William Marshall – first Turret
I had three colours for the stone – a grey, a cream, and a pale rose. The idea is to echo the colour variation you often see in stone when you start looking, but also, at least some medieval masonry made ornamental use of colour variations. Again, remember that I am looking for a faintly mythological feeling to this, not a historically accurate one, so I don’t mind that I’m tweaking my representation of the Chateau de Tancarville until William’s kinsman wouldn’t recognise his own home. He might, after all, rather like what I’ve done!
I put some thought into whether I would use all three colours in the walls, and if so how, but in the end I decided that since the “sky” will be underside couched in gold, it would be better to put the rose or the grey on the topmost course. Grey felt a bit too lowering, like a stormy sky, and William had quite enough squalls to face in his life, so I chose the rose, and used it also for the mortar.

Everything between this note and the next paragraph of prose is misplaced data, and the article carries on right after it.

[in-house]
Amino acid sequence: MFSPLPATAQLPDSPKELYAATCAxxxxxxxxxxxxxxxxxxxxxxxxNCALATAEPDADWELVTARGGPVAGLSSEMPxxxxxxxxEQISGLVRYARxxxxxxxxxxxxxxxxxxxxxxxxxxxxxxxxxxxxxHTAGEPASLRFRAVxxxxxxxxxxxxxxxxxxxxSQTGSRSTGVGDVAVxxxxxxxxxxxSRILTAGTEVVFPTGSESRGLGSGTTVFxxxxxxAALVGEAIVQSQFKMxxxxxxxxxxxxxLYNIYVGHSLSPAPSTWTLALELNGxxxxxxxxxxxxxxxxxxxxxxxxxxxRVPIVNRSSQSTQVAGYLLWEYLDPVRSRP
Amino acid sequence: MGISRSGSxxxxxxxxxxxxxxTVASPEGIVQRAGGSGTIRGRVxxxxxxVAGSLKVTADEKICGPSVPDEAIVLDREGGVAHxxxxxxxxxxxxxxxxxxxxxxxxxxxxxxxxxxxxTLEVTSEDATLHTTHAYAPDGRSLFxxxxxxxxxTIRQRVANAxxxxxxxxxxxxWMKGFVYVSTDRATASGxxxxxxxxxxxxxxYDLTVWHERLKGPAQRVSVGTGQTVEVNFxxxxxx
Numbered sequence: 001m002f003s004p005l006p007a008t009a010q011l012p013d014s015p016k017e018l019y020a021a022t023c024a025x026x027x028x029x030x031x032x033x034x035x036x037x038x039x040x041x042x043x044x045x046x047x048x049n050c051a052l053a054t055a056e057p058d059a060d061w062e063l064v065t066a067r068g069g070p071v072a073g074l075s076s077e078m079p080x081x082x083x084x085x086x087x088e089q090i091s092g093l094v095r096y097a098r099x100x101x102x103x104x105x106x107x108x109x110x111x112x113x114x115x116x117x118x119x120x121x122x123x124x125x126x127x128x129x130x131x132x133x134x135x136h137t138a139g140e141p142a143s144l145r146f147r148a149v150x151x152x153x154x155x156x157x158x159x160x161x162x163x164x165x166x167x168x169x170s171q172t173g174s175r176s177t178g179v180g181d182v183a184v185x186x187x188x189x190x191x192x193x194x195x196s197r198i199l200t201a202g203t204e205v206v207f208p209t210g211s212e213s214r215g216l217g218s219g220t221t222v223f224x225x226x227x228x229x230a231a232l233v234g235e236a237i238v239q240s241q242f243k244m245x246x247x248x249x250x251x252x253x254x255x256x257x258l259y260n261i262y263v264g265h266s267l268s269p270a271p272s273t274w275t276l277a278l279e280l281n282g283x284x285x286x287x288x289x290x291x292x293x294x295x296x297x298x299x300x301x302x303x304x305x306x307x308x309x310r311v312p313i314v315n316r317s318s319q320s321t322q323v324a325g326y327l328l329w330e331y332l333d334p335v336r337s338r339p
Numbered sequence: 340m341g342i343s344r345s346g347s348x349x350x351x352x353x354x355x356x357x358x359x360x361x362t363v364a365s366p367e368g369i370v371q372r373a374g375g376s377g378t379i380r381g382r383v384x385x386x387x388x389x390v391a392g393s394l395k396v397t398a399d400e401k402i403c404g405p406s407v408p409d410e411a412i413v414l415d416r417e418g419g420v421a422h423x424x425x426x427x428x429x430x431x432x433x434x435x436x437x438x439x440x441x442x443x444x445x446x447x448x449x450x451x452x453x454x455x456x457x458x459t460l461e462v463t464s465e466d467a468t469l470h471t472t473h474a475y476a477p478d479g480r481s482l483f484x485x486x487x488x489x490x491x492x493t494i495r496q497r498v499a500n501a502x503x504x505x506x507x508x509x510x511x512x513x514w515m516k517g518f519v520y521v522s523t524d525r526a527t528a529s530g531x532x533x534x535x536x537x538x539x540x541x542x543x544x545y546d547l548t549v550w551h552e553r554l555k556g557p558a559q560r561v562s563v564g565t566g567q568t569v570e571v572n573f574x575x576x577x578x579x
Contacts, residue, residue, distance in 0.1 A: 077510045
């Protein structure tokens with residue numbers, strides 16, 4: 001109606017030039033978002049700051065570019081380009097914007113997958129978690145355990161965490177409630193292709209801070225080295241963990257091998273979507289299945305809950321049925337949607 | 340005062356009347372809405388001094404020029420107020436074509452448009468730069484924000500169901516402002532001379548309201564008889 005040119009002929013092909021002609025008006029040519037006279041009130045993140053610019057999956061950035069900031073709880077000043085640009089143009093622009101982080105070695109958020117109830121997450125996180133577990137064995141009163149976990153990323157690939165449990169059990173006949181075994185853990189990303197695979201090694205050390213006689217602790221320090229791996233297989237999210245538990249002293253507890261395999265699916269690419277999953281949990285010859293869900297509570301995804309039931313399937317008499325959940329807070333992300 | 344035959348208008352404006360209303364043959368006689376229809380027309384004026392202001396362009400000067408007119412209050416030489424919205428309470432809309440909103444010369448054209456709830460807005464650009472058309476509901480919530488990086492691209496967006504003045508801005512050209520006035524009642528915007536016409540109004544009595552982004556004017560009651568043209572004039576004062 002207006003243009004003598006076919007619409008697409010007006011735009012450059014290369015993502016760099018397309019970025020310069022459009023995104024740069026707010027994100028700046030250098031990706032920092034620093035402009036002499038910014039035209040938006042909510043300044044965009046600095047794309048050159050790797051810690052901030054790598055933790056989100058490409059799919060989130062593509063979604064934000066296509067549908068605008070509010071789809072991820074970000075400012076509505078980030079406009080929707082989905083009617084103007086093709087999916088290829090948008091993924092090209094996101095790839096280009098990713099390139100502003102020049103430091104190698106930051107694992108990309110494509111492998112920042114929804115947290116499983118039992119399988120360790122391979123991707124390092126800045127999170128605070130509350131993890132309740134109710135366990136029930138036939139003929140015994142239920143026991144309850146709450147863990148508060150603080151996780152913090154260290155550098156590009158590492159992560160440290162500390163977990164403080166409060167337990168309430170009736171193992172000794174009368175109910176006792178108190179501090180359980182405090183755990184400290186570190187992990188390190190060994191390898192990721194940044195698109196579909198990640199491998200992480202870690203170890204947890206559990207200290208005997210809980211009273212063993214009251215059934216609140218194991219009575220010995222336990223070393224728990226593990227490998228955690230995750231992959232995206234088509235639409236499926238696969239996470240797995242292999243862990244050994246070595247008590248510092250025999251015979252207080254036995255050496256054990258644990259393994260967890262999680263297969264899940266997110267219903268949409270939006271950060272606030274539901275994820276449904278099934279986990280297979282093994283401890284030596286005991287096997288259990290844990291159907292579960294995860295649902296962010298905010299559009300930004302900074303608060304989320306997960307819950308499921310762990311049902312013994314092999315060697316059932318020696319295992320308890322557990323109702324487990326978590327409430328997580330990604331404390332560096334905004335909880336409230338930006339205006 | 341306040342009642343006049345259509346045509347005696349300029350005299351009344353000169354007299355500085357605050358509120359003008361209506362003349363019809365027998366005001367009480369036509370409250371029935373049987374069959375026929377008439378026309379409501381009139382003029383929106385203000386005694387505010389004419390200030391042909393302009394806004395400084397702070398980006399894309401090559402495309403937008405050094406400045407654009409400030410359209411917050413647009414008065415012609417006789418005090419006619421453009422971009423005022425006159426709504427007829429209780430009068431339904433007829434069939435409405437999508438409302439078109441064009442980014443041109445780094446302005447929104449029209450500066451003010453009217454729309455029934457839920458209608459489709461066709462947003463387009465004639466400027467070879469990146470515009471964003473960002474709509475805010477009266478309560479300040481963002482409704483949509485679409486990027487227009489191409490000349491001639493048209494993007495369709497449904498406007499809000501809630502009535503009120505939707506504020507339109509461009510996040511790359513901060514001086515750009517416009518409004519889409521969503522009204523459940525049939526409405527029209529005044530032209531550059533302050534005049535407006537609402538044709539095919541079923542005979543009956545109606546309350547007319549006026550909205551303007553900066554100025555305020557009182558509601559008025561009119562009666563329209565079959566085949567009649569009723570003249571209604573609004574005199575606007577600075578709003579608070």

The narrow course at the base seemed to need a different treatment, still in the the same vein. I used six strands instead of the four I’m using elsewhere, and made a little narrow chequerboard, without any suggestion of mortar.
And here it is, the first turret of the gatehouse complete. I was a little anxious lest the sameness of everlasting split stitch prove exasperating or otherwise offputting, but as it turns out, that’s not the case. I’m finding the different effects of stitch length and direction endlessly intriguing, and while I don’t expect to spend the rest of my stitching days entirely on split stitch, I’m certainly expecting to enjoy William.